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Plywood Exhibition Review

Author : Treasurer
Date : null

Plywood Exhibition Review

The recent Plywood exhibition at the V&A Museum showcased the innovative use of the material in aviation that is well known.  The de Havilland Mosquito was well covered with a period film showing construction, models and examples of the fuselage and fuel tanks.  The use of a light weight material which wasn't in high demand such as aluminium combined with the Rolls-Royce Merlin engine produced one of the fastest aircraft of the Second World War.  Also included the de Havilland Albatross, an interwar airliner designed for high speed services between capital cities.  The Airspeed Horsa, a glider crucial in the Normandy and Arnhem operations as well as the long range Lockheed Vega used by Amelia Earhart for record breaking flights.

The beauty of such exhibitions is also to discover the areas which you aren't as familiar and prompt further research.  At the entrance were examples of Frank Costin’s racing cars from the 1950s featuring a wooden monocoque structure and this theme was continued with a cutaway of the DKW F7 which included a plywood body.  I was less familiar with the use of the material in a version of the underground using air pressure to power a carriage through a tunnel.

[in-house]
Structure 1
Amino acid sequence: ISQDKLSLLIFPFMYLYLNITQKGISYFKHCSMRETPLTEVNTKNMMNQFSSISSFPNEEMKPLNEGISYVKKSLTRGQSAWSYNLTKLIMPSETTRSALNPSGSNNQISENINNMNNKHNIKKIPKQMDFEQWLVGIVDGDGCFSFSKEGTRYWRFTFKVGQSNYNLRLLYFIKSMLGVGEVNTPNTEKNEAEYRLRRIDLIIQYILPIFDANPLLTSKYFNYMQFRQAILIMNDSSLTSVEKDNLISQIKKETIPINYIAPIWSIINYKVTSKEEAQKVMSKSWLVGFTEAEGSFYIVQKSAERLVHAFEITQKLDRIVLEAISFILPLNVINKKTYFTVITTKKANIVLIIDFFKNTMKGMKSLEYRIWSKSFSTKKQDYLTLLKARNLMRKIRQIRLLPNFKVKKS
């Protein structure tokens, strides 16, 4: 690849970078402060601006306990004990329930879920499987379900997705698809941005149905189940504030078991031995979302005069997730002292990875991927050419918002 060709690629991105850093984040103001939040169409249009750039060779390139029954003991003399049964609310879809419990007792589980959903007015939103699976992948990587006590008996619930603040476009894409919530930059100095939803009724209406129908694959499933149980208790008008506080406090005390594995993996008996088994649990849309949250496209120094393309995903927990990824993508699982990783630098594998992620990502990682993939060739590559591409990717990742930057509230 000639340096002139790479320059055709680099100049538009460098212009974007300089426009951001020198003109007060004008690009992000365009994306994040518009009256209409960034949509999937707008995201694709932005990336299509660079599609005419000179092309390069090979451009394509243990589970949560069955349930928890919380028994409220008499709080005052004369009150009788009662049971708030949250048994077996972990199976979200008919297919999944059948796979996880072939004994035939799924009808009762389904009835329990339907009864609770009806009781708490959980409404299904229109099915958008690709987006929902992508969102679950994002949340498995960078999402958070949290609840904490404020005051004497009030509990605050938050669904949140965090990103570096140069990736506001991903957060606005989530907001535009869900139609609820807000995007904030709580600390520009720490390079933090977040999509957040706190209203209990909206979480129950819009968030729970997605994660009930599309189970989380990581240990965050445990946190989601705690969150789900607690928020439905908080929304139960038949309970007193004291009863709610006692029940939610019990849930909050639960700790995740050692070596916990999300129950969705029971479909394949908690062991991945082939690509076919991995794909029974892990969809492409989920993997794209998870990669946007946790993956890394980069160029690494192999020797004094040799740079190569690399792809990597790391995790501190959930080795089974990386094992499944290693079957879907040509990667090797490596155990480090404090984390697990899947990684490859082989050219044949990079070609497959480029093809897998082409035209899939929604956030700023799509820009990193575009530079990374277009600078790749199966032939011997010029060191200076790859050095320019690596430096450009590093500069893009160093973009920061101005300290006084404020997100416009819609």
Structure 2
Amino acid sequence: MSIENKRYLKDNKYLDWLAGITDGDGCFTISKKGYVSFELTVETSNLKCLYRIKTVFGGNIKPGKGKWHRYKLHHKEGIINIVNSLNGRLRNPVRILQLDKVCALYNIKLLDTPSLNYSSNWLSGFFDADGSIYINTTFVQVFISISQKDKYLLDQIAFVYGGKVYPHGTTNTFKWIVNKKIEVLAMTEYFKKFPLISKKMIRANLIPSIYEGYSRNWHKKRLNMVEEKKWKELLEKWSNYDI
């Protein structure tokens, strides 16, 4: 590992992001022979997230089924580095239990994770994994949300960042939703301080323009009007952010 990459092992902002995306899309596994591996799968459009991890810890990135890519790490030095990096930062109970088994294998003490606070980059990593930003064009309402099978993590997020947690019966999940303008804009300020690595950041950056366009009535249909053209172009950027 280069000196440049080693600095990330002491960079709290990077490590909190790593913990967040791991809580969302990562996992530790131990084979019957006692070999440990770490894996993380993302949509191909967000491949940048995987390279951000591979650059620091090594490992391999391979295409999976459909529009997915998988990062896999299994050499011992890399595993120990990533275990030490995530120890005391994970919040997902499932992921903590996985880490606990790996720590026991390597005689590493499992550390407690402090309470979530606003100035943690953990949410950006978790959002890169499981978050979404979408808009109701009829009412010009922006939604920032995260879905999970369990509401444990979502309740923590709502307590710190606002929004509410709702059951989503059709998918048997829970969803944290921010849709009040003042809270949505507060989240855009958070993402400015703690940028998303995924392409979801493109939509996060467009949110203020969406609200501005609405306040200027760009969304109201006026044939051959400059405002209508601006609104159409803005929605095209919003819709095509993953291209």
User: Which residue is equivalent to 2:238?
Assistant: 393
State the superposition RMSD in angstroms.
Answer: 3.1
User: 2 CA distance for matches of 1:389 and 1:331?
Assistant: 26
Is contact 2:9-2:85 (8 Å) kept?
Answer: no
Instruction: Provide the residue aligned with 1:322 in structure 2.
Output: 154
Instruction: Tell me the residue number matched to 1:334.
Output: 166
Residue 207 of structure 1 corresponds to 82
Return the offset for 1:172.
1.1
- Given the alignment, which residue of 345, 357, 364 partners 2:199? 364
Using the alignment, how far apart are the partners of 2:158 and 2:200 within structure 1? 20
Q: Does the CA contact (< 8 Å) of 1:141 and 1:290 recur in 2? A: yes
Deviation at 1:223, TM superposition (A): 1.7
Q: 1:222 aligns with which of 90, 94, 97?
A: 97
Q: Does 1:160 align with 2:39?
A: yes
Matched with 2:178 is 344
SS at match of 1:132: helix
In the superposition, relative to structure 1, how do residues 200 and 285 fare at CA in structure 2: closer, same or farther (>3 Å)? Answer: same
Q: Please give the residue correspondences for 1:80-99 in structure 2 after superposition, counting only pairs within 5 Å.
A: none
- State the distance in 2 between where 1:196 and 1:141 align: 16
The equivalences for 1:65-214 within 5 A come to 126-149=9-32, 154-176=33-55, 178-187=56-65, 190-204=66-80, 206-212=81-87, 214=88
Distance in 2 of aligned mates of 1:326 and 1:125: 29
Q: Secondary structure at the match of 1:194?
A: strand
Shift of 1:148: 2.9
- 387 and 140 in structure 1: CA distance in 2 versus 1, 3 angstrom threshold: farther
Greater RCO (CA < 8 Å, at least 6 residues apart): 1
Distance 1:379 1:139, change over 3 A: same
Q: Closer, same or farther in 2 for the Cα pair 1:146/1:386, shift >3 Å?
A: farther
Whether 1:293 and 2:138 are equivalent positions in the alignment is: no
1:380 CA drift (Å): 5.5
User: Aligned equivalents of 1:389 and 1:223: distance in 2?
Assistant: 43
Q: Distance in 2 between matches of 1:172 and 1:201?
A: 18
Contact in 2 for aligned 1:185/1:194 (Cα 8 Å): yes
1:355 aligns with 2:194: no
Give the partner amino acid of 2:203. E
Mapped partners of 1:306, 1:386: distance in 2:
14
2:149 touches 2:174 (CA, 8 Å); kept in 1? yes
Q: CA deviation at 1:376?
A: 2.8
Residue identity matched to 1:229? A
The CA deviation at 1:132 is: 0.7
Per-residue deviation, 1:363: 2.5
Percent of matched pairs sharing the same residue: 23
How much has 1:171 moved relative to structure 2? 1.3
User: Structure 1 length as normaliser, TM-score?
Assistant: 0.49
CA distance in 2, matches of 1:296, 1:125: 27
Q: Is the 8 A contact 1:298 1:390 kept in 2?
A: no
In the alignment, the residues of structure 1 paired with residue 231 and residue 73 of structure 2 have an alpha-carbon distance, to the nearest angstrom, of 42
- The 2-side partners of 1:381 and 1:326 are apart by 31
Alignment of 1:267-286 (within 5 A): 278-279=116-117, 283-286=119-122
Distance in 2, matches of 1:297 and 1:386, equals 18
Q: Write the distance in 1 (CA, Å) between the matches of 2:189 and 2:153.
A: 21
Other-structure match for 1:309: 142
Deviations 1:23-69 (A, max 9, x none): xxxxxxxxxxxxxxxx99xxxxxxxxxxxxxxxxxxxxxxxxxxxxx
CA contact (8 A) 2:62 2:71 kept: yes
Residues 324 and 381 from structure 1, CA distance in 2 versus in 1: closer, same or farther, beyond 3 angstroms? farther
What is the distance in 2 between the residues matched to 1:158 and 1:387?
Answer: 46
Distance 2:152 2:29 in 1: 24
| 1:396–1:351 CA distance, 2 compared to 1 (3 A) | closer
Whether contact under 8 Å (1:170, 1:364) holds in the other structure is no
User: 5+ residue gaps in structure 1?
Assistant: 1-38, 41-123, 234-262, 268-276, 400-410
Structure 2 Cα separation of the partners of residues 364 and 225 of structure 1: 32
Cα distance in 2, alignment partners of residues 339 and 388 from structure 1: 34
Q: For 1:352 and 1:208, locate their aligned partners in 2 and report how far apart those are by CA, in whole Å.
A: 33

Of particular interest from a modernist perspective is the plywood furniture and house fittings designed by Alvar Aalto and manufacturers like Isokon for interwar properties such as Lawn Road Flats in Hampstead.  In America they went a stage further in the use of the material with regard to homes with the construction pre-fabricated houses that could be completed easily and cheaply to accommodate workers in remote locations.  The Americans would also use plywood for splints designed by Eames that would go onto be a leading modernist designer of the post War period.  Indeed it would be used by the new generation for surf and skate boards and for more serious purposes such as nuclear fall out shelters.  The exhibition closed with the modern use of plywood as a cheap and sustainable material that could be for apartment construction and furniture that can be made locally using robotic methods which avoid the damaging environmental aspects of transportation.

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